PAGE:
12. From the plain reading of the sanction, it clearly reveals that the same is accorded in light of the finding recorded by the Additional Collector of Customs at Ahmedabad in order in original dated 16th April, 1981 issued from File No. VIII/10-3/DC/81. This very order referred to by the sanctioning authority i.e. the Collector (Customs) is reversed by the Appellate Authority i.e. the Central Board. On the date of issuing sanction i.e. 19th May, 1983, the order of Appellate Authority was very well available with the sanctioning authority but there is no reference of the order passed by the Appellate Forum; either the same is ignored with an ulterior motive or the sanction is granted mechanically even without referring the memo of the appeal preferred before the Central Board and the finding recorded by the Appellate Authority. The Appellate Authority in its order has considered material aspects. It would be proper to reproduce the relevant paragraph nos. 9, 10 and 11 of the said order, which are as under :
'(9) The Board has carefully considered the records of the case, the submissions made in the memorandum of appeal and these urged at the time of personal hearing.
(10) The Board observe that there is no tangible evidence on record to suggest that 182 heads of goats were substituted after the live stock was examined by the veterinary doctor on 24.11.1980.
(11) The Board is therefore, inclined to extend the benefits of doubt to the appellants and in doing so remits the personal penalty of Rs. 25,000/- imposed on such of the two appellants in full.'
13. The fact that the Appellate Authority confirmed the finding qua the confiscation of the goats of prohibited breed by itself would not make the sanction either valid or a sanction which can be said to have been accorded with proper application of mind. The sanction of prosecution is bad in law, if the Collector betrays total non-application of mind inasmuch as sanction does not show precisely the nature of the offence and all material facts of the case. This is the ratio of the decision of Delhi High Court in the case of Y.S. Bawa, Supp. of Customs v. Siri Niwas Jain, reported in 1985 (21) E.L.T. 382 (Delhi). The element of extraneous consideration may not be there in the order of sanction. The ratio of the decision of Orissa High Court reported in 1987 Cr. L.J. 1362, in the case of Doki Sriramulu v. Asst. Collector, Central Excise and Customs, helps the present petitioners; whereby the Orissa High Court has observed as under :
'P.W.1, who is the Superintendent of Central Excise, has purported to have proved the sanction under Exh. 5 and according to his evidence, the Assistant Collector, Central Excise, obtained the sanction from the Collector. Even the said Assistant Collector has not been examined to indicate as to what were the materials which were produced by him before the Collector on the basis of which he accorded the sanction in question. Thus, neither the sanction order itself discloses nor is there any evidence on record to indicate the materials which were produced before the sanctioning authority and were considered by him and in my view, therefore, the said sanction does not conform to the requirements of law and hence cannot be held to be a valid sanction in the eye of law.'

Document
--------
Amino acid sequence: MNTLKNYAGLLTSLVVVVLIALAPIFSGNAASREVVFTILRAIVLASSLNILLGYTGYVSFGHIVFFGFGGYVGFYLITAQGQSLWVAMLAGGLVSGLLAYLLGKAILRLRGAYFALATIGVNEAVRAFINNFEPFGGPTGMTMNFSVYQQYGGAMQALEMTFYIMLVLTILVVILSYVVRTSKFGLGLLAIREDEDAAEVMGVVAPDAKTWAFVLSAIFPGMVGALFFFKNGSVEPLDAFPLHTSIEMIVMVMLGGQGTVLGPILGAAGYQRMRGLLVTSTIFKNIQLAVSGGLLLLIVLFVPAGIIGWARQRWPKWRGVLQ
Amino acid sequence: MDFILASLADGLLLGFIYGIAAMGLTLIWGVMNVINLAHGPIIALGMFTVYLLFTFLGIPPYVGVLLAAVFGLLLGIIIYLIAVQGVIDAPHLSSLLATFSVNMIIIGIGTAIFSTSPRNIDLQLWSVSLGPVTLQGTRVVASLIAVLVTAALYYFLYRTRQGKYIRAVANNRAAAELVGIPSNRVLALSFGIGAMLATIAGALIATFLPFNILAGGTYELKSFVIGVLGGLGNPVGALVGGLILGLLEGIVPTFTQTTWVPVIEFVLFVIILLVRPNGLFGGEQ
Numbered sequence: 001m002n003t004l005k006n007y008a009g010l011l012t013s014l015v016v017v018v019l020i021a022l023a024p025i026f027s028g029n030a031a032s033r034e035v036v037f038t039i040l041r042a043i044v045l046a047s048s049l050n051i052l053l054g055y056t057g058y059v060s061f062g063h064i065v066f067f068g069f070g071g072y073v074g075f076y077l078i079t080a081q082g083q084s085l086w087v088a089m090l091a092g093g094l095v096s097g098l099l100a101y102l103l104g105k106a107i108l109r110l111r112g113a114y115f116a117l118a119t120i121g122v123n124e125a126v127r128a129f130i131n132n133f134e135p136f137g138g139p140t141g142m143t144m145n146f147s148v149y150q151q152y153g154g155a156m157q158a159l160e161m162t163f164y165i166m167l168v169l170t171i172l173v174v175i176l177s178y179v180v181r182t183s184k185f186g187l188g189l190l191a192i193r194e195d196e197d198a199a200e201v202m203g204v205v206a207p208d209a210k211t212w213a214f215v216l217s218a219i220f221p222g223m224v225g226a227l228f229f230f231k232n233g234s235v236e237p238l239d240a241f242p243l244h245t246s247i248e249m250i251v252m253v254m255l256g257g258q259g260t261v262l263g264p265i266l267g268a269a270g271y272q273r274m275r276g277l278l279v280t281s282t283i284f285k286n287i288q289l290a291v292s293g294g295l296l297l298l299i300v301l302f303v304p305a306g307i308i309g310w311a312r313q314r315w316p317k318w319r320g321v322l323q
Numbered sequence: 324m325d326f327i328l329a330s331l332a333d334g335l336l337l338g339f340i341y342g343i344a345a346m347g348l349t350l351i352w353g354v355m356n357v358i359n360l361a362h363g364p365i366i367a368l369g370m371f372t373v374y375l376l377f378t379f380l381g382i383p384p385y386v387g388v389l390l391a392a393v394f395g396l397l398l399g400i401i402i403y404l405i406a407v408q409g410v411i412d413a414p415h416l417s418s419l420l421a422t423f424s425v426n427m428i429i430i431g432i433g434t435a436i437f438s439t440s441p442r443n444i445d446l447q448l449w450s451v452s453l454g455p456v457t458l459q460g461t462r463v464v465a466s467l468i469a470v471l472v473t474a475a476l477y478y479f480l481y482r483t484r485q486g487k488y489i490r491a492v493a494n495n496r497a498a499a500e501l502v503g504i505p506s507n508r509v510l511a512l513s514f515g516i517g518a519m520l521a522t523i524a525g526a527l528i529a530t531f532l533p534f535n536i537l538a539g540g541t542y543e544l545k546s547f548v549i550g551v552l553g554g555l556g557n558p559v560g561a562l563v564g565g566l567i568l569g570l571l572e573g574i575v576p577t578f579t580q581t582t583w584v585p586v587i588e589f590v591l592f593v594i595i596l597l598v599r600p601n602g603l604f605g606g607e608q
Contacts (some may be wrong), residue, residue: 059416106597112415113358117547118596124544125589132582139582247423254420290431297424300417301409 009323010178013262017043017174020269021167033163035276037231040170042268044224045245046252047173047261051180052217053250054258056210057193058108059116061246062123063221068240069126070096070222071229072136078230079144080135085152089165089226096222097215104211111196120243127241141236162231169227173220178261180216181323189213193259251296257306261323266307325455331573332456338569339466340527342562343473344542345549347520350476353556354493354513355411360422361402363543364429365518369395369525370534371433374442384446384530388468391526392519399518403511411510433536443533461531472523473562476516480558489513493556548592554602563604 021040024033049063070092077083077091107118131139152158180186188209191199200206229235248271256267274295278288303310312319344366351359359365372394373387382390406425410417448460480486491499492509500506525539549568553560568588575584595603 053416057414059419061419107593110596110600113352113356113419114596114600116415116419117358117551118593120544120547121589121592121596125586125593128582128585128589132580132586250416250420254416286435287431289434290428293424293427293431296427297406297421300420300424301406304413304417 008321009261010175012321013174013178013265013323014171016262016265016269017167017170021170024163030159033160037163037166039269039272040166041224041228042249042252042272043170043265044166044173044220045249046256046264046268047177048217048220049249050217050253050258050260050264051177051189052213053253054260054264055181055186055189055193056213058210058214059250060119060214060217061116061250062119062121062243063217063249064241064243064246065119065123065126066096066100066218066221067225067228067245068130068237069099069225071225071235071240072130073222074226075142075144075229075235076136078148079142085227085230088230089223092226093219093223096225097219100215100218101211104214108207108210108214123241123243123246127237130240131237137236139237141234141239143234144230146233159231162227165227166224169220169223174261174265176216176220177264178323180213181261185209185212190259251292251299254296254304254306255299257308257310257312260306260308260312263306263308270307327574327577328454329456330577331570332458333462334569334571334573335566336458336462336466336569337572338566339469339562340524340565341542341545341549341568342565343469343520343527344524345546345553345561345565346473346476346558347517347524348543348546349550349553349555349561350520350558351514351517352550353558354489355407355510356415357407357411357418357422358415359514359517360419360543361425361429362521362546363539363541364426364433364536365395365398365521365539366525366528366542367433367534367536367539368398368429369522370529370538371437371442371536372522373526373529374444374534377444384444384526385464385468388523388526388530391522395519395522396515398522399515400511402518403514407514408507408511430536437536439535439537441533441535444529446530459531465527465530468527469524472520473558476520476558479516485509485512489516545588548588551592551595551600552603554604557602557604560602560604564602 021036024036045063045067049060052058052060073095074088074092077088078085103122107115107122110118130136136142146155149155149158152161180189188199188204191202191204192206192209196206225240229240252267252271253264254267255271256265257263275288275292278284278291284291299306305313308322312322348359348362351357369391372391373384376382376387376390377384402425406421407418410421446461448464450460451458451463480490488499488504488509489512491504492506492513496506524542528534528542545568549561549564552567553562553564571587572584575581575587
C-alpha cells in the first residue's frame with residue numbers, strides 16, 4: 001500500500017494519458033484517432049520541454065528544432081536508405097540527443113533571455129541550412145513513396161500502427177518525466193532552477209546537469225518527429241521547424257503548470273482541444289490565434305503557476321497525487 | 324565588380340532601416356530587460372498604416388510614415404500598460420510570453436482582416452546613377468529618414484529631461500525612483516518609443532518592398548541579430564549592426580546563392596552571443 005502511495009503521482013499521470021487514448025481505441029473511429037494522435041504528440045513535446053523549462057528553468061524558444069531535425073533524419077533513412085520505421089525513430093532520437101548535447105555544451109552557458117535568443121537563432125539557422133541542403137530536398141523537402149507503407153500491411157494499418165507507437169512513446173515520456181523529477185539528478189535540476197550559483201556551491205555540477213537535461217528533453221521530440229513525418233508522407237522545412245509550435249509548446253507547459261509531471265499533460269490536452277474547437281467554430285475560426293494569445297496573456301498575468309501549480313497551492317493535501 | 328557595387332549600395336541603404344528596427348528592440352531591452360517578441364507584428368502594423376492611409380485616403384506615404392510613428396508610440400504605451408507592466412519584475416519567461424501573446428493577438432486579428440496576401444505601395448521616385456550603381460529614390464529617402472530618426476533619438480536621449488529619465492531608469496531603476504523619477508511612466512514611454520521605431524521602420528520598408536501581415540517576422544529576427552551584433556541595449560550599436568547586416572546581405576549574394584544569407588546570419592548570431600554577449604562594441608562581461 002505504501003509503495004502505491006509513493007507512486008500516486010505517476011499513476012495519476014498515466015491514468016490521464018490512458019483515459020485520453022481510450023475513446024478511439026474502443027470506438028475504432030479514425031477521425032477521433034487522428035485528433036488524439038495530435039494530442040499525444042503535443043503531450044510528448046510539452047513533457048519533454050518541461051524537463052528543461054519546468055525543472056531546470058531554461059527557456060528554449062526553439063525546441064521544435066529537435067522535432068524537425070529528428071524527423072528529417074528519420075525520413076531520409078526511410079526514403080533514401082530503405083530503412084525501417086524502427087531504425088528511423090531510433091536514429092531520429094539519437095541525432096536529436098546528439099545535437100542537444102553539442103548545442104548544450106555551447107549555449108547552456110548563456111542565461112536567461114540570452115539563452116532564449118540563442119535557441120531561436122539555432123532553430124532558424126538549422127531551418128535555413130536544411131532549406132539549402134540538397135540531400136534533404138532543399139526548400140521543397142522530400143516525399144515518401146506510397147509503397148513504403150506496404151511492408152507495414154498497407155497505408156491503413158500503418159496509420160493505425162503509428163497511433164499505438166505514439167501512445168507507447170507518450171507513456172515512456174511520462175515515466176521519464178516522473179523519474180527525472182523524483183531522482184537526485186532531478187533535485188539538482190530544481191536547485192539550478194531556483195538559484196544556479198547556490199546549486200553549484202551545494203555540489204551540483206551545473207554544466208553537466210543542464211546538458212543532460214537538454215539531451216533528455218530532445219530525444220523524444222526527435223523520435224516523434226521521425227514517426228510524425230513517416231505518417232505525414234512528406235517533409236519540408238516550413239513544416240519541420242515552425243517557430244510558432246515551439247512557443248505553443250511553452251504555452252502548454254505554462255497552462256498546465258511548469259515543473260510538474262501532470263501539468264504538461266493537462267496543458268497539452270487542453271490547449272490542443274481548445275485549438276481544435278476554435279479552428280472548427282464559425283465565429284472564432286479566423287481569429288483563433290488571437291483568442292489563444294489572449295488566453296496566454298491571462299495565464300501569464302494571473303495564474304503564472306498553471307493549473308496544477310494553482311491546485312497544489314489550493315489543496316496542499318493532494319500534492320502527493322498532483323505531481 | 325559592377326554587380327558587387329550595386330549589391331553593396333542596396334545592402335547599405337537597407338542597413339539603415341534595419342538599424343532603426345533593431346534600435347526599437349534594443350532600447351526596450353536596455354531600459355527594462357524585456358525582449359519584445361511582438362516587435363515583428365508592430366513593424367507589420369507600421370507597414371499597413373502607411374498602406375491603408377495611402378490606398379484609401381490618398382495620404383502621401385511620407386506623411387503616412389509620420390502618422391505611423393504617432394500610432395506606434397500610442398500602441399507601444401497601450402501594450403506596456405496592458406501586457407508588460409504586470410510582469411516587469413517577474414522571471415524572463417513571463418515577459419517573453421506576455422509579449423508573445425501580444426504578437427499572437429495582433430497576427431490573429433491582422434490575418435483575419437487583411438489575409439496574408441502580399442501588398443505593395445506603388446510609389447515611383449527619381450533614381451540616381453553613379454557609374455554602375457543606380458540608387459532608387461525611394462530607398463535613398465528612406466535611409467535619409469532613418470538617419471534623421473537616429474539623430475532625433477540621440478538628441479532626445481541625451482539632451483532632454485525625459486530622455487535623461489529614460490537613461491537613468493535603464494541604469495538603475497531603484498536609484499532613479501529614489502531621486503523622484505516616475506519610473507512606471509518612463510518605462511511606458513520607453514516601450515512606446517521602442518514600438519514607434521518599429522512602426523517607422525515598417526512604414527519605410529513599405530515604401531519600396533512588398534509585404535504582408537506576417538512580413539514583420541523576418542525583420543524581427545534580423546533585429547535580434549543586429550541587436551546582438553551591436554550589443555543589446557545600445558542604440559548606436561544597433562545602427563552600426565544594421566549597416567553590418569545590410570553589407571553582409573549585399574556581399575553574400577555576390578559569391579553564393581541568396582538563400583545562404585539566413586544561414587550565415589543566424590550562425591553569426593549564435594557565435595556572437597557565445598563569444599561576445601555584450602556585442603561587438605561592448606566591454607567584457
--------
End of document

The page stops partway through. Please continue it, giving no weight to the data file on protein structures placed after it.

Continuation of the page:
14. In the present case the officer, who has given sanction, has failed in proving that before according sanction he had considered the judgment delivered by the Appellate Authority.
15. In the case of Kallatra Abbas Haji v. Government of India, Ministry of Finance and Ors., reported in 1985 E.C.C. 21, the Kerala High Court has held that:
'True, section 138-B states that a statement made and signed by a person before any gazetted officer of customs is relevant to prove the truth of the fact it contains in any proceeding under the Act. But these statements are relevant only if the conditions prescribed under clauses (a) or (b) of all, clause (b) alone can be attracted. Under this clause, the statement is relevant when (a) the person who made the statement is examined and (b) the statement is admitted in evidence after the authority forms an opinion that in the interest of justice and having regard to the circumstances of the case, it should be so admitted.'
16. It is one of the accepted principle in the field of criminal jurisprudence of the country that there is no rule of estoppel, which would operate against the petitioners-accused in challenging the validity of the sanction at any stage. The onus of proving the validity and legality of the sanction rests upon the prosecution. Hence, it cannot be said that the accused can challenge the validity of the sanction only at the trial stage, especially when the prosecution had not led any evidence to establish that all the facts germane to grant of sanction were placed and the same are duly considered by the sanctioning authority. At the most, it can be argued that if a prosecution is turned down on account of infirmity in the sanction to prosecute, the very accused can be subject for prosecution after proper sanction. In light of the facts and circumstances of the present case, it would not be either proper or legal for this Court to say that the petitioners should be subjected to prosecution after a valid sanction.
17. Ms. Manisha Lavkumar, learned counsel appearing for the respondent no. 1, of course has taken me through various findings recorded by the learned Chief Judicial Magistrate and the reasons assigned by the learned Chief Judicial Magistrate, confirming the order of conviction and sentence but in response to the query raised by the Court as to how a particular statement of the accused or witness Harun Taiyab could have been read as a substantive piece of evidence in absence of formal proof as to their recording and element of voluntariness could have been read by the learned Chief Judicial Magistrate. The response of learned counsel has not been found convincing. The fact that 182 goats were seized immediately prior to they were to be boarded in a sheep by itself would not be sufficient to hold the accused guilty for the offence punishable under Section 135 of the Act and this aspect was considered by the Central Board and on appreciation of facts, the Central Board has recorded that there is no tangible evidence on record to suggest that a herd of 182 goats was substituted after the live stock was examined by the Veterinary Doctor on 24th November, 1980 and, therefore, the case of the prosecution is found infirm. Both the Courts below have erred in appreciating the evidence and in considering the inadmissible part of evidence while recording their finding. So judgment and order of both the Courts below shall have to be quashed and set aside on merit as well as on account of invalid sanction.
18. In light of the foregoing discussion and the observations, the Revision Application is allowed and the Rule issued by the Court earlier be made absolute. The petitioners-accused persons are acquitted from the charges levelled against them. The fine, if any recovered, be refunded to them and the bail bond executed by the petitioners stands discharged. Rule is made absolute.